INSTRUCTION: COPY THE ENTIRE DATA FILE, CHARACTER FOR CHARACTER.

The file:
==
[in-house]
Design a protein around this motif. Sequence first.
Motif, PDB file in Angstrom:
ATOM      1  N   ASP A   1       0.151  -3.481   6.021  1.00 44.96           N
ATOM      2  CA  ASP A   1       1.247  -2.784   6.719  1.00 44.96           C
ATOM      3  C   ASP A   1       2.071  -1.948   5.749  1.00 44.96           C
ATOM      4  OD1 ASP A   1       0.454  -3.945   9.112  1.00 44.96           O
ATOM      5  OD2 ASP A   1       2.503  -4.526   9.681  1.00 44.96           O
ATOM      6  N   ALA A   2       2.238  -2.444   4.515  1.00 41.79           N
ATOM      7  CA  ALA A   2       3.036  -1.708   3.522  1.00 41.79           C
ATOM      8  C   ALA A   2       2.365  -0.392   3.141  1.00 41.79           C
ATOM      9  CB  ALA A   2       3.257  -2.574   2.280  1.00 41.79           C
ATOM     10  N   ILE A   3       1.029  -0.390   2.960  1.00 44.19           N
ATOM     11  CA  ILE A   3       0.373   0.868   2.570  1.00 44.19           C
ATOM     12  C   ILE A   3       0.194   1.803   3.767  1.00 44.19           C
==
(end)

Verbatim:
[in-house]
Design a protein around this motif. Sequence first.
Motif, PDB file in Angstrom:
ATOM      1  N   ASP A   1       0.151  -3.481   6.021  1.00 44.96           N
ATOM      2  CA  ASP A   1       1.247  -2.784   6.719  1.00 44.96           C
ATOM      3  C   ASP A   1       2.071  -1.948   5.749  1.00 44.96           C
ATOM      4  OD1 ASP A   1       0.454  -3.945   9.112  1.00 44.96           O
ATOM      5  OD2 ASP A   1       2.503  -4.526   9.681  1.00 44.96           O
ATOM      6  N   ALA A   2       2.238  -2.444   4.515  1.00 41.79           N
ATOM      7  CA  ALA A   2       3.036  -1.708   3.522  1.00 41.79           C
ATOM      8  C   ALA A   2       2.365  -0.392   3.141  1.00 41.79           C
ATOM      9  CB  ALA A   2       3.257  -2.574   2.280  1.00 41.79           C
ATOM     10  N   ILE A   3       1.029  -0.390   2.960  1.00 44.19           N
ATOM     11  CA  ILE A   3       0.373   0.868   2.570  1.00 44.19           C
ATOM     12  C   ILE A   3       0.194   1.803   3.767  1.00 44.19           C